Large data losses caused by leaks from the inside and how to safeguard information going forward

Most companies take cyber security very seriously and devote significant portions of their operating budget on encrypting personal data to protect their customers from hackers. Unfortunately, security breaches happen from the inside, too. This article examines three inside jobs that led to extensive data losses and talks about how your company can protect itself from data losses in the future.

Over 100,000 Lottery Winners Affected by Texas Lottery Security Breach

In 2008, Texas lottery winners may not have felt so lucky. As a result of a security breach, over 100,000 winners had their names and Social Security numbers compromised when a computer analyst copied the data onto computer disks and took them home.

When winnings exceed $499 for the Texas state lottery, winners have to provide their names, addresses, and Social Security numbers to collect their winnings. This information, along with the amount of their prize, is collected by the Texas Comptroller’s Office.

What’s not clear is why a computer analyst was able to both access and copy that information from the database onto an external device. The fact that he didn’t require a password to do so is a serious security flaw. While the employee was fired from the job, no criminal charges were filed.

The Comptroller’s office notified over 100,000 people who were affected by the breach, but it remains to be seen how security will be tightened to better protect lottery winners’ personal information in the future.

Programmer at Compass Bank Steals Account Information for 1 Million Customers

Sometimes security breaches don’t become public until long afterwards. In May of 2007, James Kevin Real stole a hard drive containing 1 million customer records from Compass Bank, his former employer.

Together with Laray Byrd, he used that information to make about 250 counterfeit debit cards. With these debit cards, he and his accomplice were able to withdraw money from 45 different bank accounts between June and July of 2007.

In 2008, Real was sentenced to 42 months behind bars, but he was also ordered to repay $32,000 of the stolen money. He pled guilty to 14 different charges, including fraud and aggravated identity theft.

Ed Bilek, a spokesperson for Compass Bank, revealed that the records in the stolen database were not easily accessible. However, he didn’t specify how the files were protected. Surprisingly, Compass Bank only notified the 250 customers whose cards were stolen but not the rest of the 1 million customers whose records were on Real’s stolen hard drive.

At the time of the security breach, Alabama was one of 11 states that did not require companies to notify consumers of the potential breach of their personal data. Failing to notify affected individuals may be even more problematic than the original theft. After all, if consumers aren’t notified of a security breach, how can they watch out for signs of identity theft?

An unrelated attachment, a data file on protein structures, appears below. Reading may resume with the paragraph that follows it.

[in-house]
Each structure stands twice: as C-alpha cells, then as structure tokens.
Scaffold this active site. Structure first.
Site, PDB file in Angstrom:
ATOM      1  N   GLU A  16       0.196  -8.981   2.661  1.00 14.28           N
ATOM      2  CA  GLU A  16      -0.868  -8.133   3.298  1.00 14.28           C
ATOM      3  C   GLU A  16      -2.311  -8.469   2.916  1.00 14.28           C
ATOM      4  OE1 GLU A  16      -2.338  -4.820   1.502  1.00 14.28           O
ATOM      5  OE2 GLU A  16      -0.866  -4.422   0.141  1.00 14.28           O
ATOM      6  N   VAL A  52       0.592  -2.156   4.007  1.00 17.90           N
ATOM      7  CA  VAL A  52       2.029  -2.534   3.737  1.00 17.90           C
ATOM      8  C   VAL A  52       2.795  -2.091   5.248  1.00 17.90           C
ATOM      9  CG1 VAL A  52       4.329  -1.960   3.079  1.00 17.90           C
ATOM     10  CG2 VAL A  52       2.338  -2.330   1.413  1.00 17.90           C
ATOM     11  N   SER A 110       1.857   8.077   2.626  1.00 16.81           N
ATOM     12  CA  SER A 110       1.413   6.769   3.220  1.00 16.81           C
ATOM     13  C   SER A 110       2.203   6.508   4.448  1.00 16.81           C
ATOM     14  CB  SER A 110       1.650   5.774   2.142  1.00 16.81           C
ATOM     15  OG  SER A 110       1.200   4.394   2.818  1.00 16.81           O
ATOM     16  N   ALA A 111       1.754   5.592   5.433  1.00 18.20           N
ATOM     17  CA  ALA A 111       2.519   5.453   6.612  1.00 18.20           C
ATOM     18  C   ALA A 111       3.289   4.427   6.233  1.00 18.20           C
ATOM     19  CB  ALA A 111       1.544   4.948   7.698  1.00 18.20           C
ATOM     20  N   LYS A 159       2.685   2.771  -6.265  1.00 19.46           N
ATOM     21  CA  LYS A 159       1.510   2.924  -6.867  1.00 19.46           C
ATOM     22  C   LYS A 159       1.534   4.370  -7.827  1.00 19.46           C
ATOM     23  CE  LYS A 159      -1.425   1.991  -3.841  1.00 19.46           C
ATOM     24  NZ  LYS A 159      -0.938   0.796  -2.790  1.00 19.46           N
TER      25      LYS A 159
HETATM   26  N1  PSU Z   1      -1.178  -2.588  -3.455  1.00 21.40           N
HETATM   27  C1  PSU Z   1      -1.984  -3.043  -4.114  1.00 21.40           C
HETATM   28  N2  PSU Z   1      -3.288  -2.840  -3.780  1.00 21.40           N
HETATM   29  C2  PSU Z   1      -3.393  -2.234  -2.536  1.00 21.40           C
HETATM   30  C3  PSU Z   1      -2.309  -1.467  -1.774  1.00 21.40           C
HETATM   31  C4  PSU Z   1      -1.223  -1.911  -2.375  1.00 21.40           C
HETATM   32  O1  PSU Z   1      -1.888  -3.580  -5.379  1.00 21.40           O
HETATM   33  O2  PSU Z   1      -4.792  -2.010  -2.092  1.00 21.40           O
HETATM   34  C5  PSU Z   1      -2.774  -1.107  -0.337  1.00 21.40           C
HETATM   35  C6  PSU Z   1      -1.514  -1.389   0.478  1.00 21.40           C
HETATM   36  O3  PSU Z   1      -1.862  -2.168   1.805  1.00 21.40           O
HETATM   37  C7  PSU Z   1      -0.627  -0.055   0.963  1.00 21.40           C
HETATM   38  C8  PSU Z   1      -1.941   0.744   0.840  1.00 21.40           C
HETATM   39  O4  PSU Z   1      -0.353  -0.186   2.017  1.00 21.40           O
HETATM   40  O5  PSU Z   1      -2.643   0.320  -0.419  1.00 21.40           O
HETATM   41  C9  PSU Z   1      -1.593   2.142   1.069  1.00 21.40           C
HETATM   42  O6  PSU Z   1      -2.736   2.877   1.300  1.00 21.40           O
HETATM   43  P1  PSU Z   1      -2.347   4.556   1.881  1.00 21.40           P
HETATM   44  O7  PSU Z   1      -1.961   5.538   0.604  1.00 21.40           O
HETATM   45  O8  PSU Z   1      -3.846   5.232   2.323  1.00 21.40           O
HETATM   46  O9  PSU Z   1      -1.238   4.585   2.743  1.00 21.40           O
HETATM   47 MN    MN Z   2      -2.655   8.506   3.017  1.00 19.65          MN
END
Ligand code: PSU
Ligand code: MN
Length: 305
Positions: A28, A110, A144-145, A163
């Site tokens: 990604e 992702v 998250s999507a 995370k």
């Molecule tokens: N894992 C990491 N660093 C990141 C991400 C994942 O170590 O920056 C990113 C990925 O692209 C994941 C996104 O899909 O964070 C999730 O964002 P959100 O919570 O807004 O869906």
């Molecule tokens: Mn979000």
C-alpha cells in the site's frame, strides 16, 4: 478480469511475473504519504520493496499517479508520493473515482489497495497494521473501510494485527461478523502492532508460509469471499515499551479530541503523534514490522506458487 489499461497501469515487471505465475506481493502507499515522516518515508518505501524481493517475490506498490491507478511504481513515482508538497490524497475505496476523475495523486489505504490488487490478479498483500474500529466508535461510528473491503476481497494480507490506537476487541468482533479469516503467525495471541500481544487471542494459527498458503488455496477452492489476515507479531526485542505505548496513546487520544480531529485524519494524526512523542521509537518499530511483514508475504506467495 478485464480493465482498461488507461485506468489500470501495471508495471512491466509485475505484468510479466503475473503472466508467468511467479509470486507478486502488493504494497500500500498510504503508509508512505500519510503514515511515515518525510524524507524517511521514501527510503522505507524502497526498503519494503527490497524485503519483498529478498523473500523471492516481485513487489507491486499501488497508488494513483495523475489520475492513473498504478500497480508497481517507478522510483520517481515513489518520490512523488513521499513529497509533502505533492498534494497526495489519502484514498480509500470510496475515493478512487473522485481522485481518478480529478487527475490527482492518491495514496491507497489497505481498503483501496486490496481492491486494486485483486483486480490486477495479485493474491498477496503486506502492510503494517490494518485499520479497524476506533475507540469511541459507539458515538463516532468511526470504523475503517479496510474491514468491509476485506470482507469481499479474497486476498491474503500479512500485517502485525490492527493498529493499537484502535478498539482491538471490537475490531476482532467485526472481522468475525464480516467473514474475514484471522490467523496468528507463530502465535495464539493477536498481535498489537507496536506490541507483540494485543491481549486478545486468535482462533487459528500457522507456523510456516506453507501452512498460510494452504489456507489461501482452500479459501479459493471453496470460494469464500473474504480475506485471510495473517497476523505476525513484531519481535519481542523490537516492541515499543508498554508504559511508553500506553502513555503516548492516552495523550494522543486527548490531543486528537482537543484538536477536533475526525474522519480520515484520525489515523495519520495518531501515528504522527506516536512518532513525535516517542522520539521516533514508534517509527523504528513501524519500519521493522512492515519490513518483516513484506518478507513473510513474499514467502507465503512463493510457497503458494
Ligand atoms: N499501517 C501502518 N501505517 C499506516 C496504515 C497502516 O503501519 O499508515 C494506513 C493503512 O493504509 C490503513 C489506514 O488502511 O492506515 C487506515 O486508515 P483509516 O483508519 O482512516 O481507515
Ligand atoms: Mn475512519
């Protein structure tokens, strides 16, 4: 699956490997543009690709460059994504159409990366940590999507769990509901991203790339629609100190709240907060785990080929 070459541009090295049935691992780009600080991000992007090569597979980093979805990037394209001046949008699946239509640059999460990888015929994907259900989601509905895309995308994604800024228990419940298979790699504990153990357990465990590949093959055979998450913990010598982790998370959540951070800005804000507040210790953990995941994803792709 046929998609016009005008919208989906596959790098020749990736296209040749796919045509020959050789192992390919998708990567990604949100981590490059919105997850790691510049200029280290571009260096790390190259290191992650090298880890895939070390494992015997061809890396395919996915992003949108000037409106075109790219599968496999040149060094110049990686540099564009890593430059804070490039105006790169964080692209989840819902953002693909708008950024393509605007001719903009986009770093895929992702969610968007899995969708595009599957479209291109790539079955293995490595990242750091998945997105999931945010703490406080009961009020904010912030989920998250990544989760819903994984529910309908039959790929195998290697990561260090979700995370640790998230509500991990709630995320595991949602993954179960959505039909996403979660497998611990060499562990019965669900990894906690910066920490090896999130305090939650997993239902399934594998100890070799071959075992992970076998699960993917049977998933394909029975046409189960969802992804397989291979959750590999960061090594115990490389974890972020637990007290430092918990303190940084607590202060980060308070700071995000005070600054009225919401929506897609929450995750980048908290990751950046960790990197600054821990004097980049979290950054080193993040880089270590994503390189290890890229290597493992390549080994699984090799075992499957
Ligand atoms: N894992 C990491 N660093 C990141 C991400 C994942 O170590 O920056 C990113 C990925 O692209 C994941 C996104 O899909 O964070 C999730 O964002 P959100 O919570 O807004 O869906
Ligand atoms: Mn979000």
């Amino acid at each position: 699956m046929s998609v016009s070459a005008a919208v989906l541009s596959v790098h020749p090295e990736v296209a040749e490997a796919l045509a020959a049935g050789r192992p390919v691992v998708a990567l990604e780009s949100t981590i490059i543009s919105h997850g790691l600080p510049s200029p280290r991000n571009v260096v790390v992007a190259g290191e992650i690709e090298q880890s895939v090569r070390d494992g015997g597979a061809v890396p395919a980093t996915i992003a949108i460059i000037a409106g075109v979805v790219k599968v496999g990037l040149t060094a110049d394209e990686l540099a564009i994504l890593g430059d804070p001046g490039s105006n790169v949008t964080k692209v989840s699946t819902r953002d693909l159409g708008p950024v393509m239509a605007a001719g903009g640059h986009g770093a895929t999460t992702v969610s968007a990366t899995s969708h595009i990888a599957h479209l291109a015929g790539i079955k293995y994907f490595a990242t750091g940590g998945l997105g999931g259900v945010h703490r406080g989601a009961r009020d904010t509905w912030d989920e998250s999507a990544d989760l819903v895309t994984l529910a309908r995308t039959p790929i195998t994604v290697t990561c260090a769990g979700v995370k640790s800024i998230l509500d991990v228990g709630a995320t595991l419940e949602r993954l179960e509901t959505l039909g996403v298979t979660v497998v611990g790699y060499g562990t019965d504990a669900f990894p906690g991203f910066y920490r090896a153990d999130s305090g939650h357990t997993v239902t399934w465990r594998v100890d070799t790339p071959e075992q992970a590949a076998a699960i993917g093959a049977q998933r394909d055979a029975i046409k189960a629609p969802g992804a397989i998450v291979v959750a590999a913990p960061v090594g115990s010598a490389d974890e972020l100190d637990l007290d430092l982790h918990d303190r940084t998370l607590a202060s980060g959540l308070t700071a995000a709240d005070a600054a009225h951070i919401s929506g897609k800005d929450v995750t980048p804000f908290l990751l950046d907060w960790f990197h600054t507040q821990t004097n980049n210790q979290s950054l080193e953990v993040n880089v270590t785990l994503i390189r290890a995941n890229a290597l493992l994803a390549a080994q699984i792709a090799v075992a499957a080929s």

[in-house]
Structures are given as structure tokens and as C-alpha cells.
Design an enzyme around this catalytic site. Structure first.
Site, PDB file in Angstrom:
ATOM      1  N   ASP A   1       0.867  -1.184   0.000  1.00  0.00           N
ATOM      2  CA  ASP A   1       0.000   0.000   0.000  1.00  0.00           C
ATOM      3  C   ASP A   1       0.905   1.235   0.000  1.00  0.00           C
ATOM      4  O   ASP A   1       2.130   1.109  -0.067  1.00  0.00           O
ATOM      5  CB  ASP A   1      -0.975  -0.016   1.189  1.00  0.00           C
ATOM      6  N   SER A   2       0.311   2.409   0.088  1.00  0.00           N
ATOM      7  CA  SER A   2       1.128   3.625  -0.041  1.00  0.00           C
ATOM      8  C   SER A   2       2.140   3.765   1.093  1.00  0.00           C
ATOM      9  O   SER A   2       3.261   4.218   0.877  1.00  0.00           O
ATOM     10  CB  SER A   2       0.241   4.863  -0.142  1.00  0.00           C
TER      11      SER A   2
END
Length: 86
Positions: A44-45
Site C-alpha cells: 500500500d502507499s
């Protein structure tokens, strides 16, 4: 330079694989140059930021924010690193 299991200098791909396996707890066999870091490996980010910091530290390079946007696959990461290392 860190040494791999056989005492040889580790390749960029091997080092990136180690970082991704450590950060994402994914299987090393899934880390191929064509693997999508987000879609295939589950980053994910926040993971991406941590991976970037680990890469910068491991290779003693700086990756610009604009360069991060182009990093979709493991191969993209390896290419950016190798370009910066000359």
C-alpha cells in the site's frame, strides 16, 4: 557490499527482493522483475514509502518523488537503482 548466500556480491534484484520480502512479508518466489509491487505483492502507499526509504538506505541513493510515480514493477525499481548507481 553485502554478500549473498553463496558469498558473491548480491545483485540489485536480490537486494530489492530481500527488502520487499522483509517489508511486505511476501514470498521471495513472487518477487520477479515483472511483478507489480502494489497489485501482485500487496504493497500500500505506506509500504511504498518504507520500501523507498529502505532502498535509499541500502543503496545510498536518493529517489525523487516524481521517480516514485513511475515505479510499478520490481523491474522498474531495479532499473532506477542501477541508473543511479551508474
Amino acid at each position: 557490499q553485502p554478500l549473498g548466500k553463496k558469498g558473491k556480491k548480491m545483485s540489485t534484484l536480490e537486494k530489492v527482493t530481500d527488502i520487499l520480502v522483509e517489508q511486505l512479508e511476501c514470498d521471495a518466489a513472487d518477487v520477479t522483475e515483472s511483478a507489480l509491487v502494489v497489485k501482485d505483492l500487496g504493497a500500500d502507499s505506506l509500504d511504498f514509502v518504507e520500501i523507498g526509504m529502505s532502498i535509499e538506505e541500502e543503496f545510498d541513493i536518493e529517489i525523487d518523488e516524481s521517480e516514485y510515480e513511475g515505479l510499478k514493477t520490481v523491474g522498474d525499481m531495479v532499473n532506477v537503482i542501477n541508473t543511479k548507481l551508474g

1 Employee Causes 20 Million South Koreans to Become Victims of a Data Leak

In 2014, an employee from the personal credit rating firm Korea Credit Bureau (KCB) was arrested and charged with stealing customer information from three different credit card firms. The employee was able to do this while working for KCB as a consultant.

About 20 million South Korean citizens were affected by this massive security breach. Stolen information included customers’ names, Social Security numbers, phone numbers, credit card numbers, and corresponding expiration dates.

The employee later sold the information he retrieved to phone marketing companies. The managers of these companies were also arrested.

The incident shows that a security breach from the inside can be just as or even more devastating as an external attack by hackers. While the credit card firms will cover any losses customers suffer at the hands of this security breach, it’s not so easy to clean up the identity theft that is bound to occur as a result of this breach.

Investigations into the security measures of these companies will continue, but that will do little to pacify the people affected by the breach.

The Need to Limit Employee Access

All of these cases demonstrate how important it is to limit employee access to your most sensitive information. Employees should never have access to data like credit card information. It’s also unnecessary for most of your employees to have access to customers’ Social Security numbers.

Of course, your company probably stores other important documents that can cause severe damage when they get into the wrong hands. Fortunately, it’s easy to control what your employees can view and edit by role-based user access.

eFileCabinet believes that role-based user access is one of the most important features of your document management system in the prevention of unauthorized access. Give us a call or chat with us to learn more about how role-based user access works and how it can protect your information.

By | 2016-12-15T11:58:55+00:00 December 31st, 2015|
Subscribe to the Blog That Solves Office Problems

Free Demo

Request a Demo

Discover eFileCabinet

Chat with us about your needs and we’ll create a free guided test drive just for you.

Demo Form Arrow